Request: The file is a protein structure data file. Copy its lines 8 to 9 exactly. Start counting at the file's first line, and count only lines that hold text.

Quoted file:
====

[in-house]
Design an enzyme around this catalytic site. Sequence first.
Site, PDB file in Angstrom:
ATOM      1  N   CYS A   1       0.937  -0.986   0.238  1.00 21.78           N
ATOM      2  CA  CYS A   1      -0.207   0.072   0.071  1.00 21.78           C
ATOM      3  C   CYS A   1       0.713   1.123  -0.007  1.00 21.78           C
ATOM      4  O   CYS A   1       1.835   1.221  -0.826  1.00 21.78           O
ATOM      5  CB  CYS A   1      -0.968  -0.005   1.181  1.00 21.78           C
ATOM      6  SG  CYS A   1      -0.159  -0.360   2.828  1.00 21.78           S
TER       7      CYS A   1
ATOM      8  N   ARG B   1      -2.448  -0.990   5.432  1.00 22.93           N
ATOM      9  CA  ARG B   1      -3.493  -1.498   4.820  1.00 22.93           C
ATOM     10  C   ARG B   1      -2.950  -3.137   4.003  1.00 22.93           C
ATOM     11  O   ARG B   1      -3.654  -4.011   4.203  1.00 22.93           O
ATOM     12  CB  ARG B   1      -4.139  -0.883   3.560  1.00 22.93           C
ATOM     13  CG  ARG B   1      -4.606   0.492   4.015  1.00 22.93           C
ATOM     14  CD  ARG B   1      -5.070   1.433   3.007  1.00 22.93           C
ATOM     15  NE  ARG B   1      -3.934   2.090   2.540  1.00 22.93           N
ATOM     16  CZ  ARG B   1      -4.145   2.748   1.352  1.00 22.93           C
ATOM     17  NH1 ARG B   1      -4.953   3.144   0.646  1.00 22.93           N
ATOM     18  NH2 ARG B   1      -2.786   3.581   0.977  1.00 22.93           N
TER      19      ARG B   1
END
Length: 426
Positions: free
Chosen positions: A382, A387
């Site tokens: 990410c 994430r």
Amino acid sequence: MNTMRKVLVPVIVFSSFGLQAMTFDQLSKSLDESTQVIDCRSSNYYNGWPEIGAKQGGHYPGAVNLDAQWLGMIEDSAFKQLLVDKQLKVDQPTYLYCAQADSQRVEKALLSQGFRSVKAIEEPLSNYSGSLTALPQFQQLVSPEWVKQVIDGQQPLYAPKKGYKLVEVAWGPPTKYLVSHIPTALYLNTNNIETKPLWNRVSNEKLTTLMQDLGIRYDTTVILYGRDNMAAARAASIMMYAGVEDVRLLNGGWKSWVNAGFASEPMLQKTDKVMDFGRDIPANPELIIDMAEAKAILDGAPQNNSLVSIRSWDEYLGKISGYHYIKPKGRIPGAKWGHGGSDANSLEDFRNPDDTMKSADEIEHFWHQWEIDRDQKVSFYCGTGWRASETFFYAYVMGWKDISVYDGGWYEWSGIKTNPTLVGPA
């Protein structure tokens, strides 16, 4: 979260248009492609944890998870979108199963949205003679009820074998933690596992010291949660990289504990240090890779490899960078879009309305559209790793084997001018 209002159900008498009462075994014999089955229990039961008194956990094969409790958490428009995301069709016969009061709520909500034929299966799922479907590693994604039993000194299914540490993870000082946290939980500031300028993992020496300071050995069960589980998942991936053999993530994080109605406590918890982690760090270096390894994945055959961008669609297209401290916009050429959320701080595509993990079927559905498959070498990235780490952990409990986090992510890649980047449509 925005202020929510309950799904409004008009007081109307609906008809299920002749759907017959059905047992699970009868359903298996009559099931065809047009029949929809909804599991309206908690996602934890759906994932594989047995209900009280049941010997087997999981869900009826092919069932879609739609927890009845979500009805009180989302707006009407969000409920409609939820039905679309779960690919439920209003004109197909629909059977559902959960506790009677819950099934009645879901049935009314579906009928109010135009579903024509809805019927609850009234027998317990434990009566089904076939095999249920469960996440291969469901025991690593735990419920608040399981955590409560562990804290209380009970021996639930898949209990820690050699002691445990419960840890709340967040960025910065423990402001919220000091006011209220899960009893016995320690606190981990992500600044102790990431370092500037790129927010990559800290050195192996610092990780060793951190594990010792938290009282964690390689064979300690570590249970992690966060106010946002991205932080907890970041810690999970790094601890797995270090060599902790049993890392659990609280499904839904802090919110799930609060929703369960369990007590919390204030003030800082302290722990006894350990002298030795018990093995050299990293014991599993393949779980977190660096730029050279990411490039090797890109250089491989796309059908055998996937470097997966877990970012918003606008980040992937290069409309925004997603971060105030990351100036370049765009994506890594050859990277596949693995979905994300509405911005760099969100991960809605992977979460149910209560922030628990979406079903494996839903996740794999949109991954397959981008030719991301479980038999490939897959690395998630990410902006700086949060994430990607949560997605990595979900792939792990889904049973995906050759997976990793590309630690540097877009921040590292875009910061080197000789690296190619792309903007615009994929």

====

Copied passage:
ATOM      5  CB  CYS A   1      -0.968  -0.005   1.181  1.00 21.78           C
ATOM      6  SG  CYS A   1      -0.159  -0.360   2.828  1.00 21.78           S